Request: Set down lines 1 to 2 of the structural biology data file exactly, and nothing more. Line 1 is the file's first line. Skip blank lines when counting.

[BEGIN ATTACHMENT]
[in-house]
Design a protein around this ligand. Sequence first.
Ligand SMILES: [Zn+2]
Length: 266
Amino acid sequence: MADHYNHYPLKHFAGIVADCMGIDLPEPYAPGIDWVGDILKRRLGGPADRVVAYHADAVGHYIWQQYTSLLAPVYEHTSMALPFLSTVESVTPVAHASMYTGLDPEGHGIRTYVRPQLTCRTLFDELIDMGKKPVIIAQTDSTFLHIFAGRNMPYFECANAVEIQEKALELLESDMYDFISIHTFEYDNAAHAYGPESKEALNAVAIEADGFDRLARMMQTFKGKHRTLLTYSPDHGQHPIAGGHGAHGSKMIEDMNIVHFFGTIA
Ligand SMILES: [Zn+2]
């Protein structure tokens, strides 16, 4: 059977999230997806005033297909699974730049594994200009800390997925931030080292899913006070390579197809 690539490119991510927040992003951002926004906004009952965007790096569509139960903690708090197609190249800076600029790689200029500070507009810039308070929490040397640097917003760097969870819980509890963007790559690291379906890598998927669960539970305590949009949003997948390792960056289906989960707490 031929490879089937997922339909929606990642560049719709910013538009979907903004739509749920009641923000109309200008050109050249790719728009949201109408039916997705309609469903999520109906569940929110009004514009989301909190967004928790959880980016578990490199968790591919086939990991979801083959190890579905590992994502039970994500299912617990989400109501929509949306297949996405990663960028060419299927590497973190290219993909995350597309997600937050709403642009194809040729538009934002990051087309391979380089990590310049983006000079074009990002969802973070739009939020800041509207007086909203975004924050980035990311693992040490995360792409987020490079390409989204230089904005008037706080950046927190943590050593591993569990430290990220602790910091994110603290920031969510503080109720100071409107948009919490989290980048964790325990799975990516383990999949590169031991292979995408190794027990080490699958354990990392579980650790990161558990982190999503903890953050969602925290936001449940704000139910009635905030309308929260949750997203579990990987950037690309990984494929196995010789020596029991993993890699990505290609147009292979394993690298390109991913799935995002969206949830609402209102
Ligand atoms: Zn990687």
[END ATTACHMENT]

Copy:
[in-house]
Design a protein around this ligand. Sequence first.